Fig. 9 Orbital stabilization to one-periodic gait
Although the running gaits seem to have symmetricity, there are a little asymmetricity in the torso motions, as recognized from the right top graph. This asymmetricity become more significant when the feedback gains of body attitude control is smaller. Without attitude control, the robot falls down after a few steps.
The planar controller is partially extended to a 3D biped model, where a rotor rotating around yaw-axis of torso was introduced.
The next task is to realize complete passive running gaits. To do so, we should introduce hip springs to make legs swung passively both at flight phase and stance phase. This implies replacing stance phase controller with another one, where the control input eventually converges to zero.
The model of our robot is shown in Fig. 10. The legs are connected to the body through revolute joints. Each leg includes upper and lower sections, which are connected with a linear spring. The distance between the toe and hip changes because of the sliding motion between the lower and the upper section of the legs, so each leg has one linear passive degree of freedom.
The first research is to explore the properties of passive running, no control input assembles are configured in our profile. In replace, we set two springs in hips. This setting is expected to save the leg swinging energy. To summarize, each leg in our robot has two degree of freedom: a rotational one and a linear one and both of them are completely passive.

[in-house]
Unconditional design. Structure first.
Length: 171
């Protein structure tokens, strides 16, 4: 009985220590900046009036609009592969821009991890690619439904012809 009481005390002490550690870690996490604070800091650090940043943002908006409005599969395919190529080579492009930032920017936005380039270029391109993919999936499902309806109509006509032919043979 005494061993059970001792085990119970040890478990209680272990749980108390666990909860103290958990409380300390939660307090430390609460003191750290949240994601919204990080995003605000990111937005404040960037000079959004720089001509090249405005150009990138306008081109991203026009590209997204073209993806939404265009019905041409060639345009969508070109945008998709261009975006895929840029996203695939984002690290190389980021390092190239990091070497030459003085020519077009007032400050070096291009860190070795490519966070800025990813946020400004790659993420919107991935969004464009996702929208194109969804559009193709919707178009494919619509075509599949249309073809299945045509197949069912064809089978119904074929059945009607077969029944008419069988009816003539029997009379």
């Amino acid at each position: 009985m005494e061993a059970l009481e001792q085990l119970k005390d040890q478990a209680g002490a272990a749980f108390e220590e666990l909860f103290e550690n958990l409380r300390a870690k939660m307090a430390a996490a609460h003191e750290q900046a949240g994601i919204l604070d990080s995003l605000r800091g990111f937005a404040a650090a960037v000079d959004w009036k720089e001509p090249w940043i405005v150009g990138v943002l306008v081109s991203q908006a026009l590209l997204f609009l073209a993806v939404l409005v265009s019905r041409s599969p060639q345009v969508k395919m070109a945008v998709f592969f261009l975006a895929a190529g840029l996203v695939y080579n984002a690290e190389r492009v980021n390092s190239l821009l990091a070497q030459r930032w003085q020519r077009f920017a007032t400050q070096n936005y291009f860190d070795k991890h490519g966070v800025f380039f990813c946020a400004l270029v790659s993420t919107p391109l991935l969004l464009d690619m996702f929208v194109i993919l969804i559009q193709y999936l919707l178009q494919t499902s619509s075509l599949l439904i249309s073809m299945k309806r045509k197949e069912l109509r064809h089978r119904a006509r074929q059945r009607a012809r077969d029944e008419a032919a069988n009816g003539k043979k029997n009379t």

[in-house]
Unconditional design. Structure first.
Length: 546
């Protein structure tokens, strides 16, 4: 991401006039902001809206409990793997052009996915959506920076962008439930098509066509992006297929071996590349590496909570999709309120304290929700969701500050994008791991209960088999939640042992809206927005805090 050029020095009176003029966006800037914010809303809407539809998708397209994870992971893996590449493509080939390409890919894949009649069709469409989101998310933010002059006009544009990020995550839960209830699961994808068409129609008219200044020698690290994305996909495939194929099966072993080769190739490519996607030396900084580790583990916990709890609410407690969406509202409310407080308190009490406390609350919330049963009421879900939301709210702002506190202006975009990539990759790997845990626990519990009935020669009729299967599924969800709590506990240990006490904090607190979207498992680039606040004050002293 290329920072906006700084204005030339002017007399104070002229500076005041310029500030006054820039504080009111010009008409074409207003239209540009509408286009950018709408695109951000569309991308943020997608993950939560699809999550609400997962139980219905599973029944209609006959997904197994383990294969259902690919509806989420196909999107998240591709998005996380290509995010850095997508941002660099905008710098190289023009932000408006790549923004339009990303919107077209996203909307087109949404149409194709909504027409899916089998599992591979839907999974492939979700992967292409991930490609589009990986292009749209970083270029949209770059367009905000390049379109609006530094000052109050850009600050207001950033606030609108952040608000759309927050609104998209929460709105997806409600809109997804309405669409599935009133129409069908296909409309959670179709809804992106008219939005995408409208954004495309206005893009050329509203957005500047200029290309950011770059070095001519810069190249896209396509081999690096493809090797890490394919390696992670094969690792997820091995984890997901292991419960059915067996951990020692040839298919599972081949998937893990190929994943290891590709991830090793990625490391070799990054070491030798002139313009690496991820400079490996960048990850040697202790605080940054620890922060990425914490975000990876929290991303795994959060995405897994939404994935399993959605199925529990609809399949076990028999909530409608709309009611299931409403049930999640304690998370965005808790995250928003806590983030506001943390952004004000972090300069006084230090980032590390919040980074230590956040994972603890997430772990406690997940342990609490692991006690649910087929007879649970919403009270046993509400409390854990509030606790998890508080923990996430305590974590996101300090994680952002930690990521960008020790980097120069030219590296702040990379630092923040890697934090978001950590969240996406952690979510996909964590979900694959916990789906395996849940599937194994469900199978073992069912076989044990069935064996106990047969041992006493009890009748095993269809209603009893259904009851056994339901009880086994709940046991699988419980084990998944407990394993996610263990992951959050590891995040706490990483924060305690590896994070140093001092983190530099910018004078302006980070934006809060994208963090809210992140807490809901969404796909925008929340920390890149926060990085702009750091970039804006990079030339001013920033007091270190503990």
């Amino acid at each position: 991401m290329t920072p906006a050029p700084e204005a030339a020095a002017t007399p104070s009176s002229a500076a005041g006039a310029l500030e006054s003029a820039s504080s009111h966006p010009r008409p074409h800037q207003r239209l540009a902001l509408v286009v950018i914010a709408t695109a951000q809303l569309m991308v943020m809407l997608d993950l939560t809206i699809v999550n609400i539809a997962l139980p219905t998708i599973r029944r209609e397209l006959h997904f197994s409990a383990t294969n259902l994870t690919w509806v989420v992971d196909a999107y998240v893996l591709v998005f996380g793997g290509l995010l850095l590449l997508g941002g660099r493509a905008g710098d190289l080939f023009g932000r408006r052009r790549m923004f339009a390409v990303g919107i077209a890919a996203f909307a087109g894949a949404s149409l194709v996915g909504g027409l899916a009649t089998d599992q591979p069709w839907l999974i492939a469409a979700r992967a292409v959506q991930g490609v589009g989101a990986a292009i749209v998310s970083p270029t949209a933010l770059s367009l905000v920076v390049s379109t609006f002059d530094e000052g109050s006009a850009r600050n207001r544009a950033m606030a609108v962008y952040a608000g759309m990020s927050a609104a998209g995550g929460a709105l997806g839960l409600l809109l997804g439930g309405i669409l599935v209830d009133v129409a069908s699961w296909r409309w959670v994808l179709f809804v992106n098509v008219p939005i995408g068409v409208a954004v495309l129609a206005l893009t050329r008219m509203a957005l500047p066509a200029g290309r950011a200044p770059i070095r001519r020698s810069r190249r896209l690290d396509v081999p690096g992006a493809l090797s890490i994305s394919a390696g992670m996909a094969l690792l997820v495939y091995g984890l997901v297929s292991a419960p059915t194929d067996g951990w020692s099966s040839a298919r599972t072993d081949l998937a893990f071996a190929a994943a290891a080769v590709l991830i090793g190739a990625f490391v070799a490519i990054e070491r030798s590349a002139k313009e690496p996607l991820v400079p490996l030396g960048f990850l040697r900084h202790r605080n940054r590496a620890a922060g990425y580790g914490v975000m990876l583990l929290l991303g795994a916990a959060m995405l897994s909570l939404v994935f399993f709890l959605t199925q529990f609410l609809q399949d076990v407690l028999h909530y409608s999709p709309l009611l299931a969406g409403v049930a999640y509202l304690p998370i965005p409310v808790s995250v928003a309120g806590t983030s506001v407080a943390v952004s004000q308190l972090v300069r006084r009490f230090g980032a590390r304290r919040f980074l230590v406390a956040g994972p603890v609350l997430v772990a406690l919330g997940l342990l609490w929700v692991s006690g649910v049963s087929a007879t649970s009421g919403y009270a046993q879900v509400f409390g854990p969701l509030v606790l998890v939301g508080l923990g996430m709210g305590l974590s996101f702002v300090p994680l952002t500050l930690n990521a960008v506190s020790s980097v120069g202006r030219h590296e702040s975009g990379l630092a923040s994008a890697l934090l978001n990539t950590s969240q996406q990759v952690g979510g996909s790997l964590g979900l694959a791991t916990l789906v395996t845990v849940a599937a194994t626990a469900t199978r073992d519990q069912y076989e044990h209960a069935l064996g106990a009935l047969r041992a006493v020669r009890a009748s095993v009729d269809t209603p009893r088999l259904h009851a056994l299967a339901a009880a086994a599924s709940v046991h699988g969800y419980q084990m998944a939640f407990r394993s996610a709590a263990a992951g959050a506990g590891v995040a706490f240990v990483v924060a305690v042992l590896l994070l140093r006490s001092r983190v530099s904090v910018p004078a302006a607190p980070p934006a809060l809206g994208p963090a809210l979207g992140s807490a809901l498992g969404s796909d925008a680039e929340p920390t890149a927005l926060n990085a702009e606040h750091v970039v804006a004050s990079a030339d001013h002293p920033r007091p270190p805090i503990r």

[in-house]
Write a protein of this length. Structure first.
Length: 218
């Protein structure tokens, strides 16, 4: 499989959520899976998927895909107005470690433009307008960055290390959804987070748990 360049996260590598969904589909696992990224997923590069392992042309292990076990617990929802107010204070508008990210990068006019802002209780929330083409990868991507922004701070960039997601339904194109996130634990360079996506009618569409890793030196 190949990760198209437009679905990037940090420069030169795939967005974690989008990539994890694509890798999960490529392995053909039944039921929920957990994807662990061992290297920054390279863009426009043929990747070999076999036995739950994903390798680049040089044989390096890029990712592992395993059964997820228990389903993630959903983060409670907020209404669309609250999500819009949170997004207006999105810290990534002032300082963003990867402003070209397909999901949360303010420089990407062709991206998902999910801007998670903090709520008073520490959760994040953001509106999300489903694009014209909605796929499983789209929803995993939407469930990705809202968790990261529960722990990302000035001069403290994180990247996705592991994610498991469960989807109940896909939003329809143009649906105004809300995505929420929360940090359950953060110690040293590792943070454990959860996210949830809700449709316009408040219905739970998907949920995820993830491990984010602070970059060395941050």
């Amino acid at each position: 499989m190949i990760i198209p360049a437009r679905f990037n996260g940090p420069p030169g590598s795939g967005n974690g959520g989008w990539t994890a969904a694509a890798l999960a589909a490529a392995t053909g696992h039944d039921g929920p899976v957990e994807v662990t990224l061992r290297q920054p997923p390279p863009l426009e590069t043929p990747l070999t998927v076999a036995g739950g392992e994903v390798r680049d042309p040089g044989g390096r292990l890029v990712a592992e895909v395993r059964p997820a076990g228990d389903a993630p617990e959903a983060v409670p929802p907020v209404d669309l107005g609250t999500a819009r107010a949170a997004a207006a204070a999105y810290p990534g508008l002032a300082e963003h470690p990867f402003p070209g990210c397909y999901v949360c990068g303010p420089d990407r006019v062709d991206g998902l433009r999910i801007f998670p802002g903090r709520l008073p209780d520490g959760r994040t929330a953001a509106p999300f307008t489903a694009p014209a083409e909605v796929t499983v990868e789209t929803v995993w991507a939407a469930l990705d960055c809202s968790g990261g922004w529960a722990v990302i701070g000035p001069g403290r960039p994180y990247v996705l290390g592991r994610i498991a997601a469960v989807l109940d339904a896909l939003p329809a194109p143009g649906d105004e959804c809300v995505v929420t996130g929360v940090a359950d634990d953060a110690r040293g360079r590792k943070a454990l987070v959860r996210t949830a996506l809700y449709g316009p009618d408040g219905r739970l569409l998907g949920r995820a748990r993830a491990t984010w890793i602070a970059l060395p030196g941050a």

Fig. 10 Planar biped running robot with torso
In a complete bounding cycle, a full stride of the robot can be divided in four different phases. These phases are:
Fig. 11 Phase transition of planar quadruped running gait
Unlike the other related researches, we take the mass of the legs into account. Therefore our approach can capture not only the body's oscillatory pitch motion, but also reveal the properties of leg swinging. The non-zero mass assumption complexes the system by introducing impact and the formidable equations which can not be expressed well symbolically. To solve these problems, we apply Hybrid System Theory.
As we do not assume a specific running sequence for this algorithm, the propagation of the system follows no specific order. Only the gaits which tend to converge will exhibit a repetition of ordered phases.
The following figures show different gaits of different profiles.
Different from other related studies, all the passive running gaits we found are proved to be unstable. Although the motion starting from the fixed points can continue for some steps (25 steps as maximum), it falls finally. Extensive investigation of characteristic multipliers corresponding to the trajectories revealed that they all have eigenvalues whose magnitude is bigger than unity.
Another property we found from the passive running gaits is the symmetricity involved in the running pattern. Our simulations reveal that all the gaits of both Gait 1 and Gait 2 exhibit symmetrical behavior.
Our ongoing task is to develop orbital stabilization controllers.